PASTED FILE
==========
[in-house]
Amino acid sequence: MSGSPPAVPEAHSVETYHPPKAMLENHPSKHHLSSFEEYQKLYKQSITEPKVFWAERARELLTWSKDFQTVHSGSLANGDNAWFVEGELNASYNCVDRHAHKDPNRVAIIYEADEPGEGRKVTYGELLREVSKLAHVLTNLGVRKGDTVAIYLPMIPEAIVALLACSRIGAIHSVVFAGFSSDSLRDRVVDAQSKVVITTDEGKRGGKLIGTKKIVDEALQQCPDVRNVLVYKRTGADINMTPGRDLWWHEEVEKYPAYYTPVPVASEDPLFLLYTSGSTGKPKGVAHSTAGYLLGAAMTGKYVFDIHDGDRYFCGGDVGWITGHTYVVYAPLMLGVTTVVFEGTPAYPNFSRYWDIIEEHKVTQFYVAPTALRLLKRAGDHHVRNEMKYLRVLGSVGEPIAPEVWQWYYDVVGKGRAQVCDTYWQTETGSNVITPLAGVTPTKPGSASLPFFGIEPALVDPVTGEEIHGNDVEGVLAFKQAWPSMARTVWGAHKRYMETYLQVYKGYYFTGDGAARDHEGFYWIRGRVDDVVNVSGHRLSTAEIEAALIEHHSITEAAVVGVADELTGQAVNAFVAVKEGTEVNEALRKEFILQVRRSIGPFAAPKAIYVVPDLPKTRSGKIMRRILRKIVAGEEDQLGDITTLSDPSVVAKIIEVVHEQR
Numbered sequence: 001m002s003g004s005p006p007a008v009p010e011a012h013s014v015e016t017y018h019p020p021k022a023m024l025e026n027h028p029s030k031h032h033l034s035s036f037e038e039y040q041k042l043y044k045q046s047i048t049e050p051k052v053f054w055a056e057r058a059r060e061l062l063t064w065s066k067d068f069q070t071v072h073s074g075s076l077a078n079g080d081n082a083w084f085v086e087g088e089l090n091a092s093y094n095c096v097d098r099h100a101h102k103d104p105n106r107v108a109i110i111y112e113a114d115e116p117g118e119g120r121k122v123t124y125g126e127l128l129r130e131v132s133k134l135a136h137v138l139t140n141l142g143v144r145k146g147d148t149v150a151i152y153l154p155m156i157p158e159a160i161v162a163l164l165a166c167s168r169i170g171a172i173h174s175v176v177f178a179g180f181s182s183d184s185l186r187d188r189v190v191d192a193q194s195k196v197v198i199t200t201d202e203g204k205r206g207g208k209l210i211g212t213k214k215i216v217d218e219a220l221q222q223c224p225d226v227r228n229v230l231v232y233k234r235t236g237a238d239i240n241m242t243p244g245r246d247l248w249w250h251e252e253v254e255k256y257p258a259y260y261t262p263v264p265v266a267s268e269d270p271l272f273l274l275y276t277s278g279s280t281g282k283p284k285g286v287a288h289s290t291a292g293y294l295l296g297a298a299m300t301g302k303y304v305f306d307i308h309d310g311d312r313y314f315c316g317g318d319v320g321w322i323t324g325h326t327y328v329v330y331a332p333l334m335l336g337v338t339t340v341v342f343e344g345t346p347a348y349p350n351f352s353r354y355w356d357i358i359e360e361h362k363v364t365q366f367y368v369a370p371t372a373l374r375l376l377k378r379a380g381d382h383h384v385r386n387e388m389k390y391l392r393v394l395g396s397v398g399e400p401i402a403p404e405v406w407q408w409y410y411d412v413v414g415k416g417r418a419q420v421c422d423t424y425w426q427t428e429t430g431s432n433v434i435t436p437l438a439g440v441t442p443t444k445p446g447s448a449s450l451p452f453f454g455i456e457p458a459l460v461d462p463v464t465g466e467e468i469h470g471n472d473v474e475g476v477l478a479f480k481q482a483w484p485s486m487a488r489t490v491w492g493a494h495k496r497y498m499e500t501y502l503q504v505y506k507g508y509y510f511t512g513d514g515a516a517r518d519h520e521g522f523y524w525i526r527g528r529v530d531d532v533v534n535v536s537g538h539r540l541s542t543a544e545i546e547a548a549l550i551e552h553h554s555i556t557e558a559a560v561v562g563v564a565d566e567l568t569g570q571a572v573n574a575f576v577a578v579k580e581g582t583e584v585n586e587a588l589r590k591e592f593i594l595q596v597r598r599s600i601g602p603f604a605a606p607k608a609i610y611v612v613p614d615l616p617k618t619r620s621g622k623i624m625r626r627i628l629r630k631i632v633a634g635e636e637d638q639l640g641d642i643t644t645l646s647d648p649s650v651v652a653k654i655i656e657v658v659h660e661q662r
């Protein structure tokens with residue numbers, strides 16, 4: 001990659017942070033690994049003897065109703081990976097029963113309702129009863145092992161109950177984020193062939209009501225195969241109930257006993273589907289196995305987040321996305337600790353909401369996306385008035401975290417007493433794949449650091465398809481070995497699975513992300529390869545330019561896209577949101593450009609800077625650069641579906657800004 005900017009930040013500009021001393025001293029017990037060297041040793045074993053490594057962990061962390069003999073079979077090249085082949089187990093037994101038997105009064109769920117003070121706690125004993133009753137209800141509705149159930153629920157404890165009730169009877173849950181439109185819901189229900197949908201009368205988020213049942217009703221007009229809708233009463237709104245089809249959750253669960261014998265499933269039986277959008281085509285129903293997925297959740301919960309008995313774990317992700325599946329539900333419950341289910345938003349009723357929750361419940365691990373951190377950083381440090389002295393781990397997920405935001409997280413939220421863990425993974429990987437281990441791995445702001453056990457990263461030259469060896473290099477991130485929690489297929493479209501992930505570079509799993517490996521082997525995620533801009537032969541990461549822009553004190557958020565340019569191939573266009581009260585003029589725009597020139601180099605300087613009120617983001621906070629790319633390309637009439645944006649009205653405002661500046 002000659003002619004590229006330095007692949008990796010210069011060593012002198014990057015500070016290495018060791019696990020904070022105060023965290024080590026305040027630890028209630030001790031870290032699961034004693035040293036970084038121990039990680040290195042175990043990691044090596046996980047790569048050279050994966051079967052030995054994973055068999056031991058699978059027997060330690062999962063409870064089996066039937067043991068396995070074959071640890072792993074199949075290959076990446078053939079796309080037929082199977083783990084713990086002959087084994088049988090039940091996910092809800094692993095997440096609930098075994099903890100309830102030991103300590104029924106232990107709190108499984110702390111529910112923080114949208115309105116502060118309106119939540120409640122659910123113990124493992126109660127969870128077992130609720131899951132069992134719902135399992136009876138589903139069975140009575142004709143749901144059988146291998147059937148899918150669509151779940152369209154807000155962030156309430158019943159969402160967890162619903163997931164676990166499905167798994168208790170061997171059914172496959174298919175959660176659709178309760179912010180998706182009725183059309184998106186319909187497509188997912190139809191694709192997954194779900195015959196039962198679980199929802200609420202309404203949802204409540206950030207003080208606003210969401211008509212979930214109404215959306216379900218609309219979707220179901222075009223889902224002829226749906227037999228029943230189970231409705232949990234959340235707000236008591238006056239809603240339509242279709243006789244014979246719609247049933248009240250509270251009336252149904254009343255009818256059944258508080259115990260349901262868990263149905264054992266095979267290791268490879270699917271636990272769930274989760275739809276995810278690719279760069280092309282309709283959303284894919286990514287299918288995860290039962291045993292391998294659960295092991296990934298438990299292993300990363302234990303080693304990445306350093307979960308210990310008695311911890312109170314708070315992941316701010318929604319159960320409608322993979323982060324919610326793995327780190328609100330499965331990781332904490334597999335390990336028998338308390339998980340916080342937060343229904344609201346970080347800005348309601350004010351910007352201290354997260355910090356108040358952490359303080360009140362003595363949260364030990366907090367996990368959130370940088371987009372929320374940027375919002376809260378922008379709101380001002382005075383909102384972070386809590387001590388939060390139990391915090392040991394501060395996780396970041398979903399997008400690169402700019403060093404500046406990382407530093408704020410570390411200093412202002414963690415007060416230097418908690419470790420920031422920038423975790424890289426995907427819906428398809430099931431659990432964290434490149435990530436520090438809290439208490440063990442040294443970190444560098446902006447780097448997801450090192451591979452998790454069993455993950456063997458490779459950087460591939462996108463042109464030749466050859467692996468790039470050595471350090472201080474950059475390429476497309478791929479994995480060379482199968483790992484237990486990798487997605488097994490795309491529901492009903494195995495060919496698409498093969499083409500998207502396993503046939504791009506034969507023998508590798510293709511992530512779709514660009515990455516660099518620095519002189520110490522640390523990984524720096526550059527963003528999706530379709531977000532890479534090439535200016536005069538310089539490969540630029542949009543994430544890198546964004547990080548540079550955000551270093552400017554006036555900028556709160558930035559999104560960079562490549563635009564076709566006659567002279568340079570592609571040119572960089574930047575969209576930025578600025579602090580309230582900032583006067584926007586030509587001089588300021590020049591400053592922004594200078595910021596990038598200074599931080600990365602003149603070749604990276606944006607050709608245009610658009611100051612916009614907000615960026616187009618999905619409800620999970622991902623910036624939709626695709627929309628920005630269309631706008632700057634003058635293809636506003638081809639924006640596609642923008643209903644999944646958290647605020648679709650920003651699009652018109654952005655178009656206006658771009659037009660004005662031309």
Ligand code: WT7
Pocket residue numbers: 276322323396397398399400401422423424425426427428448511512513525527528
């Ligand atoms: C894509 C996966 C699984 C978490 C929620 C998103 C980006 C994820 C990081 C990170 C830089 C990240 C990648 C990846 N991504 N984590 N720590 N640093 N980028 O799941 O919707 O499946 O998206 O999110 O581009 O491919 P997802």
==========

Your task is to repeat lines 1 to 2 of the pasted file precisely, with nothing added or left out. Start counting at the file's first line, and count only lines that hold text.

[in-house]
Amino acid sequence: MSGSPPAVPEAHSVETYHPPKAMLENHPSKHHLSSFEEYQKLYKQSITEPKVFWAERARELLTWSKDFQTVHSGSLANGDNAWFVEGELNASYNCVDRHAHKDPNRVAIIYEADEPGEGRKVTYGELLREVSKLAHVLTNLGVRKGDTVAIYLPMIPEAIVALLACSRIGAIHSVVFAGFSSDSLRDRVVDAQSKVVITTDEGKRGGKLIGTKKIVDEALQQCPDVRNVLVYKRTGADINMTPGRDLWWHEEVEKYPAYYTPVPVASEDPLFLLYTSGSTGKPKGVAHSTAGYLLGAAMTGKYVFDIHDGDRYFCGGDVGWITGHTYVVYAPLMLGVTTVVFEGTPAYPNFSRYWDIIEEHKVTQFYVAPTALRLLKRAGDHHVRNEMKYLRVLGSVGEPIAPEVWQWYYDVVGKGRAQVCDTYWQTETGSNVITPLAGVTPTKPGSASLPFFGIEPALVDPVTGEEIHGNDVEGVLAFKQAWPSMARTVWGAHKRYMETYLQVYKGYYFTGDGAARDHEGFYWIRGRVDDVVNVSGHRLSTAEIEAALIEHHSITEAAVVGVADELTGQAVNAFVAVKEGTEVNEALRKEFILQVRRSIGPFAAPKAIYVVPDLPKTRSGKIMRRILRKIVAGEEDQLGDITTLSDPSVVAKIIEVVHEQR